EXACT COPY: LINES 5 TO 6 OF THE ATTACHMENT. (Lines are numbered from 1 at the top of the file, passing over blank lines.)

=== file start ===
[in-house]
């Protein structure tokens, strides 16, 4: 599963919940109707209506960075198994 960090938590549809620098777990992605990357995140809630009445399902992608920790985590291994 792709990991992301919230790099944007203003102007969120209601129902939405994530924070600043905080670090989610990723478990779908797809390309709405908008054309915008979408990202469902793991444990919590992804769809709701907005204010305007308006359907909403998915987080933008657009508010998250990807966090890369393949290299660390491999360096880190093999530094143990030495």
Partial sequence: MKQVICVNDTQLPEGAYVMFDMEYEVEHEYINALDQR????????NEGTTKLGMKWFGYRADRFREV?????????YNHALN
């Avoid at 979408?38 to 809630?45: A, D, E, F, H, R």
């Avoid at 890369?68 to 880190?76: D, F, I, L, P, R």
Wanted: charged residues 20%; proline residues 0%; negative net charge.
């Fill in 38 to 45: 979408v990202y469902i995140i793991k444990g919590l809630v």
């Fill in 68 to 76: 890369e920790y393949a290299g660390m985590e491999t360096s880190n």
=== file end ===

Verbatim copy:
């Avoid at 890369?68 to 880190?76: D, F, I, L, P, R």
Wanted: charged residues 20%; proline residues 0%; negative net charge.